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Jyothi Venkatesh

In 1952, the Indian National Congress party had just had a landslide victory in the first general election and Keskar—a staunch Brahmin and a classical Indian music purist—was given charge of the I&B Ministry.Balakrishna Vishwanath Keskar (1903 – 28 August 1984) was an Indian politician and Union Minister for Information and Broadcasting between 1952 and 1962.

Remembered for creating the Vrinda Vadya and promoting classical music through All India Radio, Keskar, who was India’s longest serving Minister for Information and Broadcasting, was also responsible for banning Hindi film music, cricket commentaries and the harmonium on All India Radio.To his mind, Indian film songs were straying from their responsibility of instilling national pride in people. The lyrics, aside from being in Urdu, were generally ‘erotic’,”In addition, there was a steady rise in the use of Western instruments and Western melodies in the songs, “which Keskar identified with a lower stage of human evolution”.

Songs like Tadbeer Se Bigdi Hui Taqdeer Bana Le, a ghazal which S.D. Burman turned into an upbeat, guitar-sporting number for Baazi (1951), and Mur Mur Ke Na Dekh for Shree 420, 1955, which featured an orchestra of Western instruments and had flamenco-style tunes, would not have passed Keskar’s test. He wanted songs that were infused with the sound of the flute, tanpura or sitar instead. And so it was chiefly through radio, he thought, that the country’s musical heritage could be rescued. Keskar would go on to become the longest-serving I&B minister from 1952-62.To begin with, he mandated that all songs aired on AIR would be screened, and, he imposed “a quota of 10 percent of all program time”. In addition, Keskar ensured that if a film song was played, the film’s title would not be announced, since he considered that advertising. Only the singer’s name would be mentioned.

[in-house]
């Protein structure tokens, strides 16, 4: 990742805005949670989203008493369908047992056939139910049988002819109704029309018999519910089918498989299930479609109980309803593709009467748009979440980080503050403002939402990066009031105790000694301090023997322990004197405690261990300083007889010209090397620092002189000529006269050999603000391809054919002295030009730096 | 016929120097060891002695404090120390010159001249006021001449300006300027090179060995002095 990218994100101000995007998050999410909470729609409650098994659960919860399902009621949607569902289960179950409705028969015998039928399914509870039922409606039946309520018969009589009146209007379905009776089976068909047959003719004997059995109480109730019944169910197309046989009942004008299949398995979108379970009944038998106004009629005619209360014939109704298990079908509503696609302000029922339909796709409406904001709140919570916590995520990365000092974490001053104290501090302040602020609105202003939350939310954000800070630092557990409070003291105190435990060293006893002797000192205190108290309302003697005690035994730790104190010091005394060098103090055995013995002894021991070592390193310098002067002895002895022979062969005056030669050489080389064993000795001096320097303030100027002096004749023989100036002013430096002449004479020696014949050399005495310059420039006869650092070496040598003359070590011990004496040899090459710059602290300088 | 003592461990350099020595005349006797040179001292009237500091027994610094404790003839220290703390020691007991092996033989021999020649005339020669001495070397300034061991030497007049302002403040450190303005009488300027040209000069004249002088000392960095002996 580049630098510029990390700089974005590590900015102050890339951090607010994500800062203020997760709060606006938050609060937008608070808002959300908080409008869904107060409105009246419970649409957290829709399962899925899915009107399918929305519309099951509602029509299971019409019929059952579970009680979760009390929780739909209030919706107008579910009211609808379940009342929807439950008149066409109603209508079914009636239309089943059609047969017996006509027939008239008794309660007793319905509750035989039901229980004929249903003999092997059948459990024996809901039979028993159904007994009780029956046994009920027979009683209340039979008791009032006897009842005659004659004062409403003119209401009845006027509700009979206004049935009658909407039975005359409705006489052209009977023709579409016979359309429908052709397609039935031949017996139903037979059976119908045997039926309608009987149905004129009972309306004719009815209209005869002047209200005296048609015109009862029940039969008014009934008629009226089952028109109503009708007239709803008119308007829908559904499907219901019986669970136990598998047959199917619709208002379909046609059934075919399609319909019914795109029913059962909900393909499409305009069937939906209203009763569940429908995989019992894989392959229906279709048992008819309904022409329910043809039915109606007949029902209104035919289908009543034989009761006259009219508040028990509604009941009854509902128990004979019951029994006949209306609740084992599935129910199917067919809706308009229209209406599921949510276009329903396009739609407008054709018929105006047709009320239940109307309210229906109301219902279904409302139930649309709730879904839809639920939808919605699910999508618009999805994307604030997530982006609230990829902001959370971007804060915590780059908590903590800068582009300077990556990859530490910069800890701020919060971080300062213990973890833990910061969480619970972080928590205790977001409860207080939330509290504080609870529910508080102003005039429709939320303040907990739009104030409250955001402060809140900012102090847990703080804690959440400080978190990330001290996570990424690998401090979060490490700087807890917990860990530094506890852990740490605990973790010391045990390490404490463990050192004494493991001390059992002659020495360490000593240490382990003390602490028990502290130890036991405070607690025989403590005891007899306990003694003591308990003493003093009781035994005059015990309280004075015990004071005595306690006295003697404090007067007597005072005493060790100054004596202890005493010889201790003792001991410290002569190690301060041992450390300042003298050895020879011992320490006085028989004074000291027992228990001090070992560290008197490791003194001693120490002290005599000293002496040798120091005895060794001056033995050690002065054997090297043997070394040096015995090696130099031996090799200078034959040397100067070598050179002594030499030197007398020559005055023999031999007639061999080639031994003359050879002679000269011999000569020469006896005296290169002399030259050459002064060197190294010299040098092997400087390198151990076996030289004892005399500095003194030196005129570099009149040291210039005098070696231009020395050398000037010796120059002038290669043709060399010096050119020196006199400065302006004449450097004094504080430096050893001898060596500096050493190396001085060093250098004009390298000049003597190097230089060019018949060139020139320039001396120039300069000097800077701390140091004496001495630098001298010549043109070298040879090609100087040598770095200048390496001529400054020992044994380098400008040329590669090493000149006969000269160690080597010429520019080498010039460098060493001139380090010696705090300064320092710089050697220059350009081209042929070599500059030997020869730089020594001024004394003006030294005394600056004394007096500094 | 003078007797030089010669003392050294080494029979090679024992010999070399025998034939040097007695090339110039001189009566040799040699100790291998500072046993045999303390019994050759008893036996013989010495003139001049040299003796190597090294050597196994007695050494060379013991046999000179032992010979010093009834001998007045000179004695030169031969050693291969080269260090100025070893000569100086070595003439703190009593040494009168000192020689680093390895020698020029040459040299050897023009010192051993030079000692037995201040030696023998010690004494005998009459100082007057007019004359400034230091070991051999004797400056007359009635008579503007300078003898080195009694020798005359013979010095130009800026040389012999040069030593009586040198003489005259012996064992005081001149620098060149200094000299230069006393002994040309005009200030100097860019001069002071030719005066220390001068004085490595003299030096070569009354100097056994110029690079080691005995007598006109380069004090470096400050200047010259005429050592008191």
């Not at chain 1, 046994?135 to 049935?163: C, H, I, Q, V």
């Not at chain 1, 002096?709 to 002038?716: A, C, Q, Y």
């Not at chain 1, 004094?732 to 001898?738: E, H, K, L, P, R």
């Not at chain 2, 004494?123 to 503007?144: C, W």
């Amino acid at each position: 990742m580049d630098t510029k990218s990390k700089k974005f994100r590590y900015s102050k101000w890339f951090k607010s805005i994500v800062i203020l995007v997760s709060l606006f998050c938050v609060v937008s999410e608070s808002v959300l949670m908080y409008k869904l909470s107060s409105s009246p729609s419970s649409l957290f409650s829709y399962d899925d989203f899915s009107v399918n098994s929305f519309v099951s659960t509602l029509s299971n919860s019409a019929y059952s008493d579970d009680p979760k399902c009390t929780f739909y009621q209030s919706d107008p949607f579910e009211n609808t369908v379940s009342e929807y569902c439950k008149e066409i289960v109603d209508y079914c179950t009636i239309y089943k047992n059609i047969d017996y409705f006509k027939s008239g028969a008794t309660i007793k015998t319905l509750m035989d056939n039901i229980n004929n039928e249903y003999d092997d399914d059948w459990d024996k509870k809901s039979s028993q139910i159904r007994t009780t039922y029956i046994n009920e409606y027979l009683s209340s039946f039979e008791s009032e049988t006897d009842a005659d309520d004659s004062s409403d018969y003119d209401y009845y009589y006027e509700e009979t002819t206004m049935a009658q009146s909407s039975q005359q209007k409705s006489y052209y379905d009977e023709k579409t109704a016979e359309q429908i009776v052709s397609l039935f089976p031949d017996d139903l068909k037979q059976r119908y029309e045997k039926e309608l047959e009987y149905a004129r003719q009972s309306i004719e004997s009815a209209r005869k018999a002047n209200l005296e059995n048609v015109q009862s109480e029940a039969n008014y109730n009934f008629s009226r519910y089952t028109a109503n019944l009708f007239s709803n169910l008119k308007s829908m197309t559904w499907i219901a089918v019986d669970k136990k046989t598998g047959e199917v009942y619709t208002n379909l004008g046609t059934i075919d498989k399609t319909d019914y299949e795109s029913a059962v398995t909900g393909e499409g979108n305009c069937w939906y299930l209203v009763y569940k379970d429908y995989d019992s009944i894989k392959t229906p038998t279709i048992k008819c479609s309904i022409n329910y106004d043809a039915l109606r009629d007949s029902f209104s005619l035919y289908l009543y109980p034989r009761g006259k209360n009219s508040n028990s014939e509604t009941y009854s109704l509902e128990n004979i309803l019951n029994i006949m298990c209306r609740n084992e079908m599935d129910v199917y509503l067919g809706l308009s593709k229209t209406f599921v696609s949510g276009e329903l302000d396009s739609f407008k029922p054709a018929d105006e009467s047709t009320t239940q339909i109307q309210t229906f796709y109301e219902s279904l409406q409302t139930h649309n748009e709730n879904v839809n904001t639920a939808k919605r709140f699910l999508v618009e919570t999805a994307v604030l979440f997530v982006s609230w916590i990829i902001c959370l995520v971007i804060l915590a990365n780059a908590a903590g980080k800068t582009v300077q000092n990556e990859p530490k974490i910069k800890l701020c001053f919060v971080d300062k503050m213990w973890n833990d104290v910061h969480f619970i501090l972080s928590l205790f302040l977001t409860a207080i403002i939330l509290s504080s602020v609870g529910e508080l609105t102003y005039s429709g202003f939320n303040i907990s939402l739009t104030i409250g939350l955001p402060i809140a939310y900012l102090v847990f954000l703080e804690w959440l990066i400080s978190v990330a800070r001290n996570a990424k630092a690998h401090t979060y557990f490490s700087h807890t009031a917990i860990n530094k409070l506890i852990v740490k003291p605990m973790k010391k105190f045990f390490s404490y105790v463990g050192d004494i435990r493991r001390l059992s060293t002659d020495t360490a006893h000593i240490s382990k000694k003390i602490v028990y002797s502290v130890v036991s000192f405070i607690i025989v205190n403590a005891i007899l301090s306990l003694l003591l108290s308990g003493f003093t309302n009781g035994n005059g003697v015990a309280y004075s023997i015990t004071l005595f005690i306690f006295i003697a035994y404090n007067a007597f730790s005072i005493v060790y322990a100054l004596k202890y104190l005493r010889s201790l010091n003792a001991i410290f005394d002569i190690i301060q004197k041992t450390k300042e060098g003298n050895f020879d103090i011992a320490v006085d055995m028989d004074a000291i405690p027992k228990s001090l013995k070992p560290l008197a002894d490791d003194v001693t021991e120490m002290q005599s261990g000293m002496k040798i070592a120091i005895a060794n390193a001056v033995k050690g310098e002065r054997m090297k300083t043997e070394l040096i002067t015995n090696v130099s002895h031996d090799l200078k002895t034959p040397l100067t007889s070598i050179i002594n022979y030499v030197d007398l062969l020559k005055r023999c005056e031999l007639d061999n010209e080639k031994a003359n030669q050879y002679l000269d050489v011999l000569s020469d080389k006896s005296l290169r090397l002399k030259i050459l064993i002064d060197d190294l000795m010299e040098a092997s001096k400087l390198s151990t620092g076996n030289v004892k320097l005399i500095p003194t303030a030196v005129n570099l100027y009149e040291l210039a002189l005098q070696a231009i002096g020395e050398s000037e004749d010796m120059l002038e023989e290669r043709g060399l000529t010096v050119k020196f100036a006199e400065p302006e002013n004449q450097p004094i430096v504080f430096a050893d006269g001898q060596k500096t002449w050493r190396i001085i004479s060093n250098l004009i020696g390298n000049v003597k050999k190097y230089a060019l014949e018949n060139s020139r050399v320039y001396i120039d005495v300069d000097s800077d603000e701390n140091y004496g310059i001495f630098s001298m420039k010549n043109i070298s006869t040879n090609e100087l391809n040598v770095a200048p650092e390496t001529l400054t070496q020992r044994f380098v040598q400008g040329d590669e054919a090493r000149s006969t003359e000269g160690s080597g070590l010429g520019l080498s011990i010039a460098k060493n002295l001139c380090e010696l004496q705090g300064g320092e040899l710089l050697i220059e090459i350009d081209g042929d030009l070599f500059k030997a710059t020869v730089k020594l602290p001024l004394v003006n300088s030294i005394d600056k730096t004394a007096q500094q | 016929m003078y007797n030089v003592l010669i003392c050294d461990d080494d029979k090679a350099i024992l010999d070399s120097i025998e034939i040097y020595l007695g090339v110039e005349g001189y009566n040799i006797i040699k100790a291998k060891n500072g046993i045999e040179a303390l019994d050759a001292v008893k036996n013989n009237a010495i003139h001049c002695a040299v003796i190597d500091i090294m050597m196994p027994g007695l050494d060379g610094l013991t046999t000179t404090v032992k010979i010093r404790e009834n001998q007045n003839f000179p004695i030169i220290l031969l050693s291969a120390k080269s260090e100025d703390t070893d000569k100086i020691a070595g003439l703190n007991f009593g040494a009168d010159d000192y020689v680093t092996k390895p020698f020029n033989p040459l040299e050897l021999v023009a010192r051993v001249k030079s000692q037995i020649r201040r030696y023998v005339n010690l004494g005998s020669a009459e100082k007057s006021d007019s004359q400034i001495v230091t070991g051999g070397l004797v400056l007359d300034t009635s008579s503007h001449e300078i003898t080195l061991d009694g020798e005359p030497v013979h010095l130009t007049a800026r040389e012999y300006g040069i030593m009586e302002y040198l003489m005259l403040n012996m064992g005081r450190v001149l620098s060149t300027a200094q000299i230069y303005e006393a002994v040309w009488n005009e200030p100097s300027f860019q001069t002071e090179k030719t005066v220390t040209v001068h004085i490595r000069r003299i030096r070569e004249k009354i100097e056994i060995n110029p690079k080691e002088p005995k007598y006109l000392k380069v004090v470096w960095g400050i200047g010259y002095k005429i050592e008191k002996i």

The film industry was up in arms, of course. Filmfare magazine characterized Keskar as a devious man whose decision was “a calculated blow at the reputation of the Indian film industry, as much as one aimed at ousting film music from the market” (August 1952 issue). In response, film producers who owned the rights to the songs decided to rescind the broadcast licences given to AIR. And, as Keskar anticipated, film music completely disappeared from radio within a mere three months. The void was filled by AIR broadcasting classical music.Across the shore, Radio Ceylon rose to the occasion—and the opportunity. It created the legendary musical countdown Binaca Geetmala—a show entirely dedicated to Indian film songs. Every Wednesday, Indian listeners would tune into Radio Ceylon and listen to their favourite songs with their favourite show host—the iconic and charming Ameen Sayani, who would engage them with complementary film trivia.

As Radio Ceylon’s popularity grew in India, Keskar’s influence waned and the government was forced to lift the ban. In 1957, Vividh Bharati was conceptualized as a service on AIR that offered non-stop film music broadcast. “Vividh Bharati had a tremendous blend of heritage and modernity, parampara and pragati, let’s say. And this soon became quite popular,”  By 1967, Vividh Bharati had turned commercial and began accepting advertisements. By the late 1970s, it had become a cultural behemoth, functioning as the primary source of entertainment in Indian cities .

Keskar would be outraged if he heard the music the Indian film industry makes today, but it is ironic that some of the country’s most iconic and memorable songs, produced during the “golden era of Hindi cinema”, were once considered objectionable and would have possibly been stifled by one man’s draconian policies if a radio channel from a neighbouring country hadn’t stepped in.Radio CEYLON is the oldest radio station in Asia. Broadcasting was started on an experimental basis in Ceylon by the colonial Telegraph Department in 1923, just three years after the inauguration of broadcasting in Europe.


Broadcasting started in India in 1927 with two privately-owned transmitters at Bombay and Calcutta. Government took over the transmitters in 1930 and started operating them under the name of Indian Broadcasting Service. It was changed to All India Radio in 1936 and it also came to be known as Akashvani from 1957.

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